Arts·Pride

Watch out, Regina — John Waters is coming to town

The city's Queer City Cinema is turning 25 this week, and they're celebrating with an especially special guest of honour.

The city's queer film and art festival is turning 25 with a very special guest of honour

The legendary John Waters will be visiting Regina for the first time as part of Queer City Cinema's 25th anniversary celebrations. (Greg Gorman)

Regina is about to get campy, filthy and dirty in the best possible way. Kicking off today and running until June 24th, Saskatchewan's capital city will be celebrating the 25th anniversary of Queer City Cinema, the city's annual celebration of LGBTQ film and performance art. And they're theming it around a most fabulous guest of honour: filmmaker and author John Waters, who will be making his maiden voyage to Regina next week.

"I've never been there, so I'm looking forward to it," Waters tells CBC Arts over the phone. "I did go to...where's Guy Maddin from? Oh! Winnipeg. I went there. But this is...even colder? No, but I'm really excited about it. I love going places I haven't been."

Waters has been to Canada more generally, of course.

"Well, they made [the musical adaptation of] Hairspray in Toronto, and it did look exactly Baltimore, which shocked me," he says. "And I've been to the Toronto Film Festival lots of times. I've presented movies there. And I've done my Christmas show in many cities in Canada. I mean, I'm not Glenn Gould. But I love him — he's my favourite Canadian."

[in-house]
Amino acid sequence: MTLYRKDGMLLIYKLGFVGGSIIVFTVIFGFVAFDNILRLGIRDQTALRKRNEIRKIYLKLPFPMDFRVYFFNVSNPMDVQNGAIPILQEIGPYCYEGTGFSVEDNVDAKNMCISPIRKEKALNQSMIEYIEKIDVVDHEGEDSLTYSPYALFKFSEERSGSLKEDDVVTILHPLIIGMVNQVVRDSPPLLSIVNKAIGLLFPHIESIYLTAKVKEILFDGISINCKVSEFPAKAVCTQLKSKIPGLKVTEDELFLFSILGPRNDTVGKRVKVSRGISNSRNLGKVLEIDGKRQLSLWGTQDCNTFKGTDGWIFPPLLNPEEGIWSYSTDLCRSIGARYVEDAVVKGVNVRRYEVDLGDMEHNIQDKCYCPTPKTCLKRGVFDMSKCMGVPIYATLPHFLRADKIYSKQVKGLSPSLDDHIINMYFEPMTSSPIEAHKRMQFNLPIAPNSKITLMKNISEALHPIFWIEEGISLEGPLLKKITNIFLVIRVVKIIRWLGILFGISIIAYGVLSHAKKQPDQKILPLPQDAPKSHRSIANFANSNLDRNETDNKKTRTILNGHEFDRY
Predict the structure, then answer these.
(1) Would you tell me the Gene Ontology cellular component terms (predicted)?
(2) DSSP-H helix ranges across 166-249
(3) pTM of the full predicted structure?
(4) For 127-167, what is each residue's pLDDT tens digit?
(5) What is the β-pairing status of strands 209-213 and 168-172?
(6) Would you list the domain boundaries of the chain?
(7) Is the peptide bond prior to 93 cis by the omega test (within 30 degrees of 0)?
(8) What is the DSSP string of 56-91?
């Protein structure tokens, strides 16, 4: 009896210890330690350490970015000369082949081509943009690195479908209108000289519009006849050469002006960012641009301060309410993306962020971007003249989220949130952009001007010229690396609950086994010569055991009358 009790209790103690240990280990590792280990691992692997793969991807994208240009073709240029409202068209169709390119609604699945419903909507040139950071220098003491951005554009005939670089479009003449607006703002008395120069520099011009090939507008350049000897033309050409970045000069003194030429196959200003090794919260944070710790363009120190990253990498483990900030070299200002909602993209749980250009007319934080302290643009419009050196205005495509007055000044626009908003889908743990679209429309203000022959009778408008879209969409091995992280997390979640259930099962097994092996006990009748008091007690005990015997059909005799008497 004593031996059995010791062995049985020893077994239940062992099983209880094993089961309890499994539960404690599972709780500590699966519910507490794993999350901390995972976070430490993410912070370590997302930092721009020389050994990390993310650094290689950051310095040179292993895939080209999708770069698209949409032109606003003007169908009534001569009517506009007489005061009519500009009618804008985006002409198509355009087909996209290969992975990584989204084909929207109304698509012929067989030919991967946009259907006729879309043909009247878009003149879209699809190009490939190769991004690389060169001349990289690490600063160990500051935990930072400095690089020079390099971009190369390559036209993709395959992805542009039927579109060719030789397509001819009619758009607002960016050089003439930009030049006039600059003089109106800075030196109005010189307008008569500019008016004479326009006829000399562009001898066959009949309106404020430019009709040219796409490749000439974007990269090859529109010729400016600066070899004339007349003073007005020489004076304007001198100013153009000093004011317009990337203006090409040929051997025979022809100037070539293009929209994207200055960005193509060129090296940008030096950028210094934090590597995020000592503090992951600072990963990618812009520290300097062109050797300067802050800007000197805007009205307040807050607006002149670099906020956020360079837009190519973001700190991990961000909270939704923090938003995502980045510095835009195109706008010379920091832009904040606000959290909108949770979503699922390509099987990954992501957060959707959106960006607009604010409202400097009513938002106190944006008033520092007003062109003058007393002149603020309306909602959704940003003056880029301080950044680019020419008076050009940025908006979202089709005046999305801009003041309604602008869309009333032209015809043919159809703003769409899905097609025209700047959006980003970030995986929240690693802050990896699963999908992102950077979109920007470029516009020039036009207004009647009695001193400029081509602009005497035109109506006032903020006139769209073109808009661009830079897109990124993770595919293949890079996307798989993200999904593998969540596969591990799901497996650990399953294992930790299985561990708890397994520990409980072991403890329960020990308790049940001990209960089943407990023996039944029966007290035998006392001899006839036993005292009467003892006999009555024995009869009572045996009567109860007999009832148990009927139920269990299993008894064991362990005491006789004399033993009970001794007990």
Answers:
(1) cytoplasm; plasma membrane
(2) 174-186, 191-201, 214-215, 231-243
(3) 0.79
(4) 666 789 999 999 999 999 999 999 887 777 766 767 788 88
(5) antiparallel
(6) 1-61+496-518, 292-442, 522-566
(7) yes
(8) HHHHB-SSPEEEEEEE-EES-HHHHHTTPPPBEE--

Where's Guy Maddin from? Oh! Winnipeg. I went there. But this is...even colder?- John Waters on Regina

Waters will soon be able to add Regina to that list, inching him slightly closer to Glenn Gould levels of Canadianness. He's giving a 90-minute talk in the city on June 24 at Westminster United Church, followed by a VIP reception and book signing. It's part of a 10-day project entitled "Camp, Trash, Filth: John Waters Visits Regina" which includes many screenings of Waters work at the Regina Public Library Film Theatre, as well as special guests like Canadian filmmaker Bruce LaBruce and Canadian performance artists Shawna Dempsey and Lorri Milan — who, according to Gary Varro, executive and artistic director of Queer City Cinema, will "celebrate and provide a Canadian and international perspective on the outrageously imaginative themes and characters in Mr. Waters' films."

Director John Waters arrives at the 20th annual Elton John AIDS Foundation Academy Awards Viewing Party in West Hollywood, California. (Gus Ruelas/Reuters)

"'Camp, Trash, Filth' is a unique extension of Queer City Cinema Film Festival itself, with a rare opportunity to present John Waters and other artists to Regina audiences and the Canadian film and performance art communities," Varro explains. "John's lecture will provide an extraordinary occasion for the Canadian film communities to hear one of film's most original and consistent visionaries and to gather insights into how non-mainstream unconventional artists test boundaries and social acceptability. Mr. Waters' visit and lecture sets the tone for the other components of this project which are meant to create a forum for an exchange of ideas and to appreciate provocative, playful and challenging Canadian independent film and performance."